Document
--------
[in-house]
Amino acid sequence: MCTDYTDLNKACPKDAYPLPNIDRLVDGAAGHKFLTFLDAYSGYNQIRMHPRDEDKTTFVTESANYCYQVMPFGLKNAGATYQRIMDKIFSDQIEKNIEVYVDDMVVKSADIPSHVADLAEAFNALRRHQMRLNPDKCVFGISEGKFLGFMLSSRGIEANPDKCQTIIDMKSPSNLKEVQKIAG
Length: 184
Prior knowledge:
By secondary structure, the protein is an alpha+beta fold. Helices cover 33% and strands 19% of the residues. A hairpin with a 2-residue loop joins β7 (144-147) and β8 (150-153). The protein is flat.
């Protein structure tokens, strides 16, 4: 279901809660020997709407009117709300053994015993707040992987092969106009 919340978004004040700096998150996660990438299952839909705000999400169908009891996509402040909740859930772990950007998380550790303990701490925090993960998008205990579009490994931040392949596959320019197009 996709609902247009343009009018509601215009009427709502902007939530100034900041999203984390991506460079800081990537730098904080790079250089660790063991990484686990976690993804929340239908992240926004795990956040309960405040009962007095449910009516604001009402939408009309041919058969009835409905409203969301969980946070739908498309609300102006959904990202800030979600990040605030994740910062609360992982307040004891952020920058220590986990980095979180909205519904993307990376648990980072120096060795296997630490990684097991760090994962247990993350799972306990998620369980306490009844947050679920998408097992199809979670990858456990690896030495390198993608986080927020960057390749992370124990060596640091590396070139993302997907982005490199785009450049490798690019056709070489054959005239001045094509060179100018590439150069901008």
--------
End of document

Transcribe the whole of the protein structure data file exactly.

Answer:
[in-house]
Amino acid sequence: MCTDYTDLNKACPKDAYPLPNIDRLVDGAAGHKFLTFLDAYSGYNQIRMHPRDEDKTTFVTESANYCYQVMPFGLKNAGATYQRIMDKIFSDQIEKNIEVYVDDMVVKSADIPSHVADLAEAFNALRRHQMRLNPDKCVFGISEGKFLGFMLSSRGIEANPDKCQTIIDMKSPSNLKEVQKIAG
Length: 184
Prior knowledge:
By secondary structure, the protein is an alpha+beta fold. Helices cover 33% and strands 19% of the residues. A hairpin with a 2-residue loop joins β7 (144-147) and β8 (150-153). The protein is flat.
């Protein structure tokens, strides 16, 4: 279901809660020997709407009117709300053994015993707040992987092969106009 919340978004004040700096998150996660990438299952839909705000999400169908009891996509402040909740859930772990950007998380550790303990701490925090993960998008205990579009490994931040392949596959320019197009 996709609902247009343009009018509601215009009427709502902007939530100034900041999203984390991506460079800081990537730098904080790079250089660790063991990484686990976690993804929340239908992240926004795990956040309960405040009962007095449910009516604001009402939408009309041919058969009835409905409203969301969980946070739908498309609300102006959904990202800030979600990040605030994740910062609360992982307040004891952020920058220590986990980095979180909205519904993307990376648990980072120096060795296997630490990684097991760090994962247990993350799972306990998620369980306490009844947050679920998408097992199809979670990858456990690896030495390198993608986080927020960057390749992370124990060596640091590396070139993302997907982005490199785009450049490798690019056709070489054959005239001045094509060179100018590439150069901008």